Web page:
This is the sort of news that should please investors, and since the bond sale at the end of April the company's share price has been on the rise.

However, it did fall back on the 15 May. Why would that be? This story is a good example of why it's the big fund managers who really control Apple's stock. There have been lots of examples of aggressive trading over the past few months but in this case it appears that short-sellers had swarmed AAPL.

This "swarming" was identified Canadian money manager and financial columnist Mal Spooner. He first noticed that short interest in Apple had swelled from 8 million shares in April 2012 to 20 million in April 2013 and likened this burst of short selling to a "swarming," a street crime where "an unsuspecting innocent bystander is attacked by several culprits at once."

Spooner highlighted that short interest in Apple also peaked between 15 April and 30 April this year, to a record 41.6 million shares. During that fortnight - on 19 April (two trading days before Apple's second quarter financial report) Apple's share price hit its lowest price in 16 months ($385.10). Those investors then made off with their gains because by 15 May (there's that date), Apple's short interest had fallen to 26 million shares. More here on Fortune.

Spooner explains: "The irony is that short-sellers borrow the stock from real shareholders (via third parties) in order to sell it on the market. After the selling pressure wreaks havoc on the stock price, the short-seller then buys shares at a much lower price, returns the 'borrowed' shares to those real shareholders and keeps the profits."

Whether you understand all this doesn't matter as much as knowing that this is the kind of thing that goes on with Apple's stock.

Another example of how big funds can control the AAPL stock. Last year Apple saw massive declines when four of the biggest hedge funds dumped billions of dollars of Apple stock. The share price plummeted and no doubt a number of investors panicked.

Why did these big investors pull out? They could have us believe that they had lost confidence in Apple. A conspiracy theorist could suggest that funds pushed billions of dollars into Apple in the Summer of 2012 and then pulled out months later when they had made sufficient short term gains.

You should always be aware that these big funds can rip money out of AAPL at any time. For example, on one Friday this January we saw what was described as a "premeditated unloading of some 800K shares (some $350 million worth) of AAPL in the last second, with the full knowledge it was shake the market."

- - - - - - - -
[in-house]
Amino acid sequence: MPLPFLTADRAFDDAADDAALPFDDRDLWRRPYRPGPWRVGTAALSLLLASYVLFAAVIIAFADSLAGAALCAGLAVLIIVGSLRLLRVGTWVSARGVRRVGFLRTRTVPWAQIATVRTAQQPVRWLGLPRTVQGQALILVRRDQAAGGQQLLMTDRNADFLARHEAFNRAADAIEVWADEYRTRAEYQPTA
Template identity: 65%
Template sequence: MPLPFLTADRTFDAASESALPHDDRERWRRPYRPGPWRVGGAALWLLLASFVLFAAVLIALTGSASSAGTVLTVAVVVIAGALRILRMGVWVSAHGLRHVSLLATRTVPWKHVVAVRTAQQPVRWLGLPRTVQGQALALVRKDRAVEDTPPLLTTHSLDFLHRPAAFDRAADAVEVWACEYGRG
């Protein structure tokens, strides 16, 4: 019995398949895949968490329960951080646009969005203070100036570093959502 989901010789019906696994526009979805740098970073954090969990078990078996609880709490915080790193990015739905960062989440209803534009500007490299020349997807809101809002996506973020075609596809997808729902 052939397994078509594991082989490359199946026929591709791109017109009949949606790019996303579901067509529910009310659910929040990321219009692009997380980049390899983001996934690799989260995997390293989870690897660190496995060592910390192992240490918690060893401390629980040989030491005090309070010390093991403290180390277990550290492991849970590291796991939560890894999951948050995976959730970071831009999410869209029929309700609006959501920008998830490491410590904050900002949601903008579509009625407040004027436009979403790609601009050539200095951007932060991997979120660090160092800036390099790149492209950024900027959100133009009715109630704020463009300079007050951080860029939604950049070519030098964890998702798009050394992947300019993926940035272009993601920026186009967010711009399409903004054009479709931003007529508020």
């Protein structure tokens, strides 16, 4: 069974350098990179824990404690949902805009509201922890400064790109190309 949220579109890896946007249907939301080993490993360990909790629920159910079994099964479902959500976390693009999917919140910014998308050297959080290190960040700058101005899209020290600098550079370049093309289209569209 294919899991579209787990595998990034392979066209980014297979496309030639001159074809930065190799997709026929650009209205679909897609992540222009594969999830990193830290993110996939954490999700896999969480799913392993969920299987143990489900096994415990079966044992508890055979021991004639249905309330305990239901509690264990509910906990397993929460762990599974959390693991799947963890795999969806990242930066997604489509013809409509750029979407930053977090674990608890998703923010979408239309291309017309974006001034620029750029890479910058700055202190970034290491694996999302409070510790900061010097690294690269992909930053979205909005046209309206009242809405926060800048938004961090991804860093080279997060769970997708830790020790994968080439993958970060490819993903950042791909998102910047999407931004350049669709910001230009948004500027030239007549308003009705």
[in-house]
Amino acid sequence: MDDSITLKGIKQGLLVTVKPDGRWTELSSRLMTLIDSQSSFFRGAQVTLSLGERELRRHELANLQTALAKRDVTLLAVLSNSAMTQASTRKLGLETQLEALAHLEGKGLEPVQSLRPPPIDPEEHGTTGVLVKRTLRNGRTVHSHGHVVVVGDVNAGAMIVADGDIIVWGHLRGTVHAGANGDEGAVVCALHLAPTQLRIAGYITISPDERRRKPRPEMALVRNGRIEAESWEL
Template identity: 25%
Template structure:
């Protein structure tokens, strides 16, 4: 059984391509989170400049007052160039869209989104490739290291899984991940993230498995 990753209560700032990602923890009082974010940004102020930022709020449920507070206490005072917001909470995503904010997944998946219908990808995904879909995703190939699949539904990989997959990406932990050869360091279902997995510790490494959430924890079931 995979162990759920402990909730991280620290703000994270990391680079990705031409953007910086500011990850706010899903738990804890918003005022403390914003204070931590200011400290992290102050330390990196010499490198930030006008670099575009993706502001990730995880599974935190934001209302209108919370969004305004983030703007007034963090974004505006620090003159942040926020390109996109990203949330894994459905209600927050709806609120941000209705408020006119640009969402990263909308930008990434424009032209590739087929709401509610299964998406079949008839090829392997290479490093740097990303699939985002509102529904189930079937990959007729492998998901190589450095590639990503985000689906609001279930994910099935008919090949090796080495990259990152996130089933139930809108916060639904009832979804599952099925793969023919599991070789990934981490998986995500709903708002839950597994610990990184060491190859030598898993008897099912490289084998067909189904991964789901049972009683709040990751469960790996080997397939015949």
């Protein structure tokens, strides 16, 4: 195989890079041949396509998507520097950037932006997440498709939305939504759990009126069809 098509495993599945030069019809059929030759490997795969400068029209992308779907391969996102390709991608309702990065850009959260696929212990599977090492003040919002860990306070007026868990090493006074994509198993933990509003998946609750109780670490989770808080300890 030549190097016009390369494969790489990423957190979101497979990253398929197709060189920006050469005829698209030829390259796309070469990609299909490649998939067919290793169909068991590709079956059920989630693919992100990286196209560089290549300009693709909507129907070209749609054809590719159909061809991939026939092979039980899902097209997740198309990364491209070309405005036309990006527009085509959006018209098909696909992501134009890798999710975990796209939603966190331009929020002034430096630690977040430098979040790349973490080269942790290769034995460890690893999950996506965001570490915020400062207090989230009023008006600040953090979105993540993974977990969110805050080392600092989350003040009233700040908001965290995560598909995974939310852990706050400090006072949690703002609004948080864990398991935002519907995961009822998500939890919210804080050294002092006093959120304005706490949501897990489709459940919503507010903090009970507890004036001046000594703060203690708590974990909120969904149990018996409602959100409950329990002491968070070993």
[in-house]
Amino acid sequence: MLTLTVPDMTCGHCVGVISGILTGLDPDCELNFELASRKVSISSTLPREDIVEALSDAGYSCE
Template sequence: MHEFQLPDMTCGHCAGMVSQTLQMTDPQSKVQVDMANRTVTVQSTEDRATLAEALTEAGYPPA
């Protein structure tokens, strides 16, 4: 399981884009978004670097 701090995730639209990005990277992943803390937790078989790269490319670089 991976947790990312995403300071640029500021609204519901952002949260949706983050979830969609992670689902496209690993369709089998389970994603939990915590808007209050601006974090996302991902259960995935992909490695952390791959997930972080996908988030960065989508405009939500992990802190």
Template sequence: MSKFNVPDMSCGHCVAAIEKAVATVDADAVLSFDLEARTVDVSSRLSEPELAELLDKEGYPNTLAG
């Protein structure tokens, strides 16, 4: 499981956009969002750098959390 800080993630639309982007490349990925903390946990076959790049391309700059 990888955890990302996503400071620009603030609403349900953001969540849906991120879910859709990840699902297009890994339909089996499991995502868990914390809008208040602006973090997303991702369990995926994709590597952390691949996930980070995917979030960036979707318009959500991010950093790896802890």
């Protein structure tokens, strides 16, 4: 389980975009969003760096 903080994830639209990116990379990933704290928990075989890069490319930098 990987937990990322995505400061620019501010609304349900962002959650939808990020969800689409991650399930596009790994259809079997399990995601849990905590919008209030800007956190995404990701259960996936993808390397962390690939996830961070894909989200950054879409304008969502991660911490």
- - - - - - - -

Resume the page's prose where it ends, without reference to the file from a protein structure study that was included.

Other suspicious AAPL activity on the NASDAQ earlier in January had coincided with the expiration of call options written last summer, and the Apple share price closed at exactly $500 that day. Coincidence?

How can you stay clear of being a victim of these big bullies? Mal Spooner's advice:

Avoid owning stocks that have become darlings. When it seems nothing at all can go wrong, it will, and when it does there's sure to be a swarming.If there's evidence of a growing short interest in a company, best not own the stock.Instruct your financial institution that your shares are not to be available for securities lending purposes.

Unfortunately Apple did become the stock market darling in 2012. Beware that while this may happen again, it isn't something you as an individual investor will have any control over.

Should I invest in Google?

We watch Google's share price with interest because to us it looks a lot like the story that played out with Apple last year is now happening with Google's shares.

Google is currently trading at $868.31. This time last year it was $588.23 (down from $641 a month earlier). GOOG has certainly been climbing steadily since AAPL began its decline. If Google is the current stock market darling, how long does it have until it has billions wiped of its market cap as fund managers swipe away their gains?

It is certainly the case that some funds have sold APPL and bought GOOG. For example, Tiger Global dumped 790,000 AAPL shares in the first quarter of 2013 and bought 300,000 Google shares, according to a Business Insider report.

Some might suggest that as it nears $900 Google might be more risky than Apple was when it hit $700. Others suggest that Google is heading to $1,000 (last April they said the same of Apple).

Incidentally, market cap is determined by multiplying the stock price of a company by the number of shares it has issued. Apple's market cap is currently $417.65 billion. Google's is $288.08 billion.